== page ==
Our closest cousins - the Neanderthals - may have shared speech and language with modern humans, a new research suggests.
Fast-accumulating data seem to indicate that Neanderthals were much more similar to us than imagined even a decade ago.
The researchers Dan Dediu and Stephen C Levinson from the Max-Planck-Gesellschaft, argue that modern language and speech can be traced back to the last common ancestor we shared with the Neanderthals roughly half a million years ago.
Initially thought to be subhuman brutes incapable of anything but the most primitive of grunts, they were a successful form of humanity inhabiting vast swathes of western Eurasia for several hundreds of thousands of years, during harsh ages and milder interglacial periods, researchers said.
It is known that they were our closest cousins, sharing a common ancestor with us around half a million years ago (probably Homo heidelbergensis), but it was unclear what their cognitive capacities were like, or why modern humans succeeded in replacing them after thousands of years of cohabitation.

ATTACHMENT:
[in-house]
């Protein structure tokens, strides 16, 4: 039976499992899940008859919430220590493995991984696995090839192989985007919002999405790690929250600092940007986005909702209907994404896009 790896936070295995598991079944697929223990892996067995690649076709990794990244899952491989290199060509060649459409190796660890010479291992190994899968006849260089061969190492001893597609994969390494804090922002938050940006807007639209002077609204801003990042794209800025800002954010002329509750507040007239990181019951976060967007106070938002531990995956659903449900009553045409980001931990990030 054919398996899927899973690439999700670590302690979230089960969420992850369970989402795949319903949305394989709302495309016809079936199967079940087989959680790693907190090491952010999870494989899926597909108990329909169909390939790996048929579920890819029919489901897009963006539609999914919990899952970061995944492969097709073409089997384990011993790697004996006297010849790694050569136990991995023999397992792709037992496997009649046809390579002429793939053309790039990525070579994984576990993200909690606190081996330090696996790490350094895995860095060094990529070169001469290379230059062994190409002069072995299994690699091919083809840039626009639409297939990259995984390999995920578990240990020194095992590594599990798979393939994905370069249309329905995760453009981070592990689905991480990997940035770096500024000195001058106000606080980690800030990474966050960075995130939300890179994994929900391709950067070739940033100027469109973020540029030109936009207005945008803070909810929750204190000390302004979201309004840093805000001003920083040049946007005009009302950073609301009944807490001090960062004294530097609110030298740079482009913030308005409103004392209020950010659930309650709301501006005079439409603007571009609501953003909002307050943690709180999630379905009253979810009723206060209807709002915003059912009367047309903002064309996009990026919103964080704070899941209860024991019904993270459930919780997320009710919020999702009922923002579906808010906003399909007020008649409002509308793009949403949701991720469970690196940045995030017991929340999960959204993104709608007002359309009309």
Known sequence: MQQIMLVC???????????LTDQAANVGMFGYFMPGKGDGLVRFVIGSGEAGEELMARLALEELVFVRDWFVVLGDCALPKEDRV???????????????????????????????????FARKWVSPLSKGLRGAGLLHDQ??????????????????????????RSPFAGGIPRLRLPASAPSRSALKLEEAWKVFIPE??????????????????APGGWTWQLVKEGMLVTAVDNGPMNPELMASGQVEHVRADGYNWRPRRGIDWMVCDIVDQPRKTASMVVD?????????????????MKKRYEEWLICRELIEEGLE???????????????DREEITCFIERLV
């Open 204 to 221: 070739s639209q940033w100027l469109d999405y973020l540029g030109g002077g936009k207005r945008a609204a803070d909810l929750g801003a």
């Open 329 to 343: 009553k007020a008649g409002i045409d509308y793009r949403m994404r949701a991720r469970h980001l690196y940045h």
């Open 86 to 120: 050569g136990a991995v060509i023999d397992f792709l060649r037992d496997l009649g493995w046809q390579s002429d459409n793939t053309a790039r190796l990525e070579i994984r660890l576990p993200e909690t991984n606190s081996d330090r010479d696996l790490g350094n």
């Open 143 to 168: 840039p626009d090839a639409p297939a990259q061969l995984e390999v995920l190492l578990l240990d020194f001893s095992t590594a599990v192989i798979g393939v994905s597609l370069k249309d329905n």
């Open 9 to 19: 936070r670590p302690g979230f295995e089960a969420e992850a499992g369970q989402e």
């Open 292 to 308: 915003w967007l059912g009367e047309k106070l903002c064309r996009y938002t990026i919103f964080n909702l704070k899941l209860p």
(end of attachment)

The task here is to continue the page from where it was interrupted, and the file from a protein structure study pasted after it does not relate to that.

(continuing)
Due to new palaeoanthropological and archaeological discoveries and the reassessment of older data, but especially to the availability of ancient DNA, researchers have started to realise that their fate was much more intertwined with ours and that their cognitive capacities and culture were comparable to modern humans.
Dediu and Levinson argue that essentially modern language and speech are an ancient feature of our lineage dating back at least to the most recent ancestor we shared with the Neanderthals and the Denisovans - another form of humanity known mostly from their genome.
Their interpretation of the evidence goes against the scenario usually assumed by most language scientists, that of a sudden and recent emergence of modernity, presumably due to a single - or very few - genetic mutations.
This pushes back the origins of modern language by a factor of 10 from the often-cited 50 or so thousand years, to around a million years ago, researchers said.
Researchers said given that we know from the archaeological record and recent genetic data that the modern humans spreading out of Africa interacted both genetically and culturally with the Neanderthals and Denisovans, then just as our bodies carry around some of their genes, maybe our languages preserve traces of their languages too.
The paper appeared in the journal Frontiers in Language Sciences.